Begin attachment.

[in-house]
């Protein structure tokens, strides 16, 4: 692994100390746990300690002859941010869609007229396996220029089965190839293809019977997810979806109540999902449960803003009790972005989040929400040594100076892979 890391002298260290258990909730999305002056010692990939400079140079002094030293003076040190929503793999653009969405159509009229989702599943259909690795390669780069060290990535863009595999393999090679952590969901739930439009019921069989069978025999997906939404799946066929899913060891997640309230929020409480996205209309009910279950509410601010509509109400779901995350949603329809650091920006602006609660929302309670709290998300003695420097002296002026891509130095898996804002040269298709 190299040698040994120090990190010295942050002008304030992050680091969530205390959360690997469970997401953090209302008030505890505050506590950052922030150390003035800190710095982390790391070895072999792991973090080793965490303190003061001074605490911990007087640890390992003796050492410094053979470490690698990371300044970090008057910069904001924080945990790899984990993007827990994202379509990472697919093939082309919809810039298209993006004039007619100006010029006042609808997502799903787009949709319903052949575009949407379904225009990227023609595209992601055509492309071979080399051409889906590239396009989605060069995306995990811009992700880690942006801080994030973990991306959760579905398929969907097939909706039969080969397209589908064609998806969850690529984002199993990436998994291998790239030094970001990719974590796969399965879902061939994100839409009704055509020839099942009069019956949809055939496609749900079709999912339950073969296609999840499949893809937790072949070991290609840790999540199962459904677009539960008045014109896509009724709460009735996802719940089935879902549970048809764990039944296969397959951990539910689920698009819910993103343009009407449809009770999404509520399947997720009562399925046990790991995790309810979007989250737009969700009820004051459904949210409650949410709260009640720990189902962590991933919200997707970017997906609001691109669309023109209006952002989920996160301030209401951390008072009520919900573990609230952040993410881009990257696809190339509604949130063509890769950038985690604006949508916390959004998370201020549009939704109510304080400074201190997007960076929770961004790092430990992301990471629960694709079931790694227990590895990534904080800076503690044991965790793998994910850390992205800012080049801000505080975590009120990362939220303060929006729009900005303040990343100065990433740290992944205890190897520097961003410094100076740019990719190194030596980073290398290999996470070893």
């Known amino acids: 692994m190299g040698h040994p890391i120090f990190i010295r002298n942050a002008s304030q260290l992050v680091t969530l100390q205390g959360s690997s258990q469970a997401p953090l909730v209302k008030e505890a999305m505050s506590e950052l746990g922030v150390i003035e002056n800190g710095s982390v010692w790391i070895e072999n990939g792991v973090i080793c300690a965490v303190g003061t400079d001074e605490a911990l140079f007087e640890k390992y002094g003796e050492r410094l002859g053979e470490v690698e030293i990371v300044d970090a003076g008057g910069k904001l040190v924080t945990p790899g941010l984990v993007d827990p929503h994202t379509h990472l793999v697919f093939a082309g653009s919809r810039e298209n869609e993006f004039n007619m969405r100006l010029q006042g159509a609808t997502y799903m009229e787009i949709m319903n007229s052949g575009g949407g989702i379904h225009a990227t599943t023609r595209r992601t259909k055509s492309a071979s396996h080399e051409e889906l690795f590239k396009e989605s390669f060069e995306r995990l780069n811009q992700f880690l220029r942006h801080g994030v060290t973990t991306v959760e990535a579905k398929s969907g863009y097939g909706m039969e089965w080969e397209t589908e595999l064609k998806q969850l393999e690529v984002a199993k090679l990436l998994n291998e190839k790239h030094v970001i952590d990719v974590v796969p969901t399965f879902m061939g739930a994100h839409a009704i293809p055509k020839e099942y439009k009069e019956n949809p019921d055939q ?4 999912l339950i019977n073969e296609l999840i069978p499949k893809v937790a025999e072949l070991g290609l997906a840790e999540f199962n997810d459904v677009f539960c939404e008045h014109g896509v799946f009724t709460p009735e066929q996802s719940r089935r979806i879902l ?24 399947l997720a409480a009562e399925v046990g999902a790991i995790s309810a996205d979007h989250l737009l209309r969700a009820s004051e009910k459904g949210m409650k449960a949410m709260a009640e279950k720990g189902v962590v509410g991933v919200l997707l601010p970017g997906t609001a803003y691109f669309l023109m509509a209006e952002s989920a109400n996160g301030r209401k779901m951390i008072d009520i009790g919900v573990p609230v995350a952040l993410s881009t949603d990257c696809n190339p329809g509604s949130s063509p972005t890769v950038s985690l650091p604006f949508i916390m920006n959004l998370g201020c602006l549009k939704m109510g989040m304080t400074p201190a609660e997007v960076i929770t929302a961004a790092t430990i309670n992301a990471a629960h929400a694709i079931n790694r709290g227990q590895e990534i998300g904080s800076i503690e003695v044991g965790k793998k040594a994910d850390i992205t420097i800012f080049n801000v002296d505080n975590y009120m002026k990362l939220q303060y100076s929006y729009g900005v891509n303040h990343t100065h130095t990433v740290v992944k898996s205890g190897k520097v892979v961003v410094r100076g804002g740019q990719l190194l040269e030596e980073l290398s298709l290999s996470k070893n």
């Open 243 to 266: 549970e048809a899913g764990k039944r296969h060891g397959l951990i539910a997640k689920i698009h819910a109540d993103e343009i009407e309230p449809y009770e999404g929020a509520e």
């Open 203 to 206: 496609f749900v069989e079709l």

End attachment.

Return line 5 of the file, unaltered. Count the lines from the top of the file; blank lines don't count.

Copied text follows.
């Open 203 to 206: 496609f749900v069989e079709l």